To demonstrate easy integration and simplification, Sue Ann Hong, software developer and co-author of Deep Learning Pipelines, demonstrated writing a deep learning application with 7 lines of code, under 10 minutes, and with 0 labels. Sue Ann Hong and Tim Hunter, creators of Deep Learning Pipeline (DLP), further elaborated the what-why-and-how of DLP deep-dive session to a packed house.

In addition, Matei announced the community efforts and contributions to Spark 2.2 and 2.3, including cost based optimizer, major performance and package improvements for PySpark, and Kubernetes support.

Simplifying Data Architectures with Databricks Delta

Continuing with the philosophy of unification and all the merits it affords to big data practitioners, Ali Ghodsi, CEO and co-founder of Databricks, announced Databricks Delta, a new unified data management system for real-time data as part of Unified Analytics Platform.

Ghodsi emphasized in his keynote that Databricks Delta achieves three goals: a) the reliability and query performance of a data warehouse b) the availability of querying structured data at the speed of streaming systems and c) the scalability and cost-efficiency of a data lake.

“Because Delta is a unified data management system that handles both low-latency streaming data and batch processes, it allows organizations to dramatically simplify their data architectures,” Ghodsi explained.

To demonstrate how Delta simplifies data architecture with a use-case of Databricks Delta, currently being used at a fortune 100 company for an Info Sec application that processes trillions of records a day, Michael Armbrust, lead software engineer for Delta, showed the power and potential of this unified data management system.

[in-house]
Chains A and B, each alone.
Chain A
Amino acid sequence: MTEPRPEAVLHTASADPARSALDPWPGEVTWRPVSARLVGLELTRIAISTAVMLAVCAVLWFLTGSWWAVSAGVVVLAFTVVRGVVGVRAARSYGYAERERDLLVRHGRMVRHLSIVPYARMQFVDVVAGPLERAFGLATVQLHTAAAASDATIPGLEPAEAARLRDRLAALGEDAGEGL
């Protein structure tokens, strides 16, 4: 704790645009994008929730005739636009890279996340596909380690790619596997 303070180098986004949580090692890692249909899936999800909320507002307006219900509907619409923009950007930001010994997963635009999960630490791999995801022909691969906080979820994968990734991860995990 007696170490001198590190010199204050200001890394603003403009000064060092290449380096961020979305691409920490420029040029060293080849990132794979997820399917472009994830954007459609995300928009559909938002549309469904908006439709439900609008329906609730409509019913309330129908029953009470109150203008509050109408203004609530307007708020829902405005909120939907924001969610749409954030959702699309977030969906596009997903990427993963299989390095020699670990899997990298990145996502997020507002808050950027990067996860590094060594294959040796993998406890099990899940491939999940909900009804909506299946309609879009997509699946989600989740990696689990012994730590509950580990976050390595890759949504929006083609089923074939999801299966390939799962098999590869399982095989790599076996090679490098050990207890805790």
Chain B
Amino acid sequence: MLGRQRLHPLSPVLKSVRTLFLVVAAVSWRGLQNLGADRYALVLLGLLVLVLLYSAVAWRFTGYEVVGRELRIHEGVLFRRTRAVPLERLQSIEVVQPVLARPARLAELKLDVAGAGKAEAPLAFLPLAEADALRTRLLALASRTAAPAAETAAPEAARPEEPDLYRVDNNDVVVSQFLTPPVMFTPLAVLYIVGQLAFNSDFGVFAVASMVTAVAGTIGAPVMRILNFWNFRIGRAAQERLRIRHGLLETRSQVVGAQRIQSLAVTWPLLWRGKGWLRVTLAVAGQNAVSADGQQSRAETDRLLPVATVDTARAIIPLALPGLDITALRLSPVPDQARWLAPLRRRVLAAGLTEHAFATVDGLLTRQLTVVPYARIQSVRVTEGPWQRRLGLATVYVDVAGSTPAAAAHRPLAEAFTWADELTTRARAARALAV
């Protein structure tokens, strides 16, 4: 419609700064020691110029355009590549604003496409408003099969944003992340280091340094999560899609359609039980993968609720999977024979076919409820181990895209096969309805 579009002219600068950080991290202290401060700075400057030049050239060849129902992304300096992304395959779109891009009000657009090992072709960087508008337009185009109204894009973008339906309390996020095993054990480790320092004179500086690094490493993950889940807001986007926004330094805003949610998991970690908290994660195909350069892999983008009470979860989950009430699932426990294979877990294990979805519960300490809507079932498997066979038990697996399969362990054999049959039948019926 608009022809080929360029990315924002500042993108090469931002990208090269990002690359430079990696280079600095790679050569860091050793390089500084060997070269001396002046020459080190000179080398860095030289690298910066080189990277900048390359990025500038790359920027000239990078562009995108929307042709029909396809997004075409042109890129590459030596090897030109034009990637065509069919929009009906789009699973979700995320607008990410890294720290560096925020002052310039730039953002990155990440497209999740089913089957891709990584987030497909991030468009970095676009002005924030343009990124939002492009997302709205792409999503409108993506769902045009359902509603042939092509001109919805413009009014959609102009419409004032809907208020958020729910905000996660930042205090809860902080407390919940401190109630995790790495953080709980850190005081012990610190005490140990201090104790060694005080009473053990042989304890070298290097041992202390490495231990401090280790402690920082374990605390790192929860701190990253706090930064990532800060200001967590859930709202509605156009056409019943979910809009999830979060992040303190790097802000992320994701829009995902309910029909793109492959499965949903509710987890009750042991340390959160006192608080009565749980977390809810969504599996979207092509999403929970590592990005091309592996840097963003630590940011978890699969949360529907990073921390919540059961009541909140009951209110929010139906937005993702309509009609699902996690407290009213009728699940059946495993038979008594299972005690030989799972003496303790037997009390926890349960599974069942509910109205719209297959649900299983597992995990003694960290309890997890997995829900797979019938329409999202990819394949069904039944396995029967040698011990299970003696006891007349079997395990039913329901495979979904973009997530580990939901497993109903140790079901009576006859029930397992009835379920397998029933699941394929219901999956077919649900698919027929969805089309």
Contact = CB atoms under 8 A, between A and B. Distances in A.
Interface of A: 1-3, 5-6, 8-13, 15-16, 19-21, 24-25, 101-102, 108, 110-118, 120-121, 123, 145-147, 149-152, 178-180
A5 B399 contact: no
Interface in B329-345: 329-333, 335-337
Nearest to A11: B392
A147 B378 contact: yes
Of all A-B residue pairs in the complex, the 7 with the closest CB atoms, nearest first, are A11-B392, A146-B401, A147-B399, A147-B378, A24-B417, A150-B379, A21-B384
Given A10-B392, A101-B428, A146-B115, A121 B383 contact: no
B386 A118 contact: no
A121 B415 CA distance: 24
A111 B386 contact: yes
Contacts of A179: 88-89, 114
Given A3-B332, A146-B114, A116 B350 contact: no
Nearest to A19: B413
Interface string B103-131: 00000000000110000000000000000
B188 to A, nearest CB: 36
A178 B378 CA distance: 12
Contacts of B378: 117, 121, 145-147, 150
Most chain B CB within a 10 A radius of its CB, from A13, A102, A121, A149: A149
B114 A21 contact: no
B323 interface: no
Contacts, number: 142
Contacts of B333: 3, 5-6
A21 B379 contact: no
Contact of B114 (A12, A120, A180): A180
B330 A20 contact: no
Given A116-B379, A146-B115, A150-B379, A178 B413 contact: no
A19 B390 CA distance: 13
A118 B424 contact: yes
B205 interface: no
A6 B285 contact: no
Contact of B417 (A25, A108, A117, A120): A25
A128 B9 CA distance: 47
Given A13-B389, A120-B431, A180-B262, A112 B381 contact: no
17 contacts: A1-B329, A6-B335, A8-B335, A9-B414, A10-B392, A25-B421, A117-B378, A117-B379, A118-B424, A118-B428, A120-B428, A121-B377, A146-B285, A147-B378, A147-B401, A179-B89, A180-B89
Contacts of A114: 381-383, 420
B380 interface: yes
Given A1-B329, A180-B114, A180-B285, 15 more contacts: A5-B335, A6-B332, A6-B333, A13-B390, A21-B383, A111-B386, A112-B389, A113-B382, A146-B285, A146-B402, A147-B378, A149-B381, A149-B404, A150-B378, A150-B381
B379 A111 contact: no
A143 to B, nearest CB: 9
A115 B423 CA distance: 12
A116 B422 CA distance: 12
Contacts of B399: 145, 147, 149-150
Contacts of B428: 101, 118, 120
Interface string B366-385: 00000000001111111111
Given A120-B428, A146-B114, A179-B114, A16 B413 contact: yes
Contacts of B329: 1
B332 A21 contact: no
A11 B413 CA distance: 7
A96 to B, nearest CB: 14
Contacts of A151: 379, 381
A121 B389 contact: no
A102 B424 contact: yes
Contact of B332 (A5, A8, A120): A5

Highlighting Spark Community Voices

At CERN, the birthplace where Tim Berners Lee created the web, data generated by the electron accelerator are voluminous, explained Jakub Wozniak, senior software engineer in the CERN’s Beam department. All the magnets, devices, controls, and protons generate over I PB of raw physics data events per second when photons accelerate along the world’s largest electron accelerator. How do you capture, analyze, and visualize data at this scale?

Wozniak declared Spark as their choice for data extraction and analysis because of Spark’s distributed processing capabilities at scale, after trying and comparing other systems. In his keynote, Wozniak explains why.

Closely related to CERN’s need to analyze voluminous data at scale and speed is the need to ensure monitoring and performance of Spark jobs. Luca Canali, lead engineer at CERN’s Hadoop, Spark, and Database services, shared a dense and packed talk on Spark’s performance troubleshooting at scale, challenges, tools, and methodologies employed at CERN. This trend of performance and monitoring Spark workloads was also echoed in another talk by Jacek Laskowski.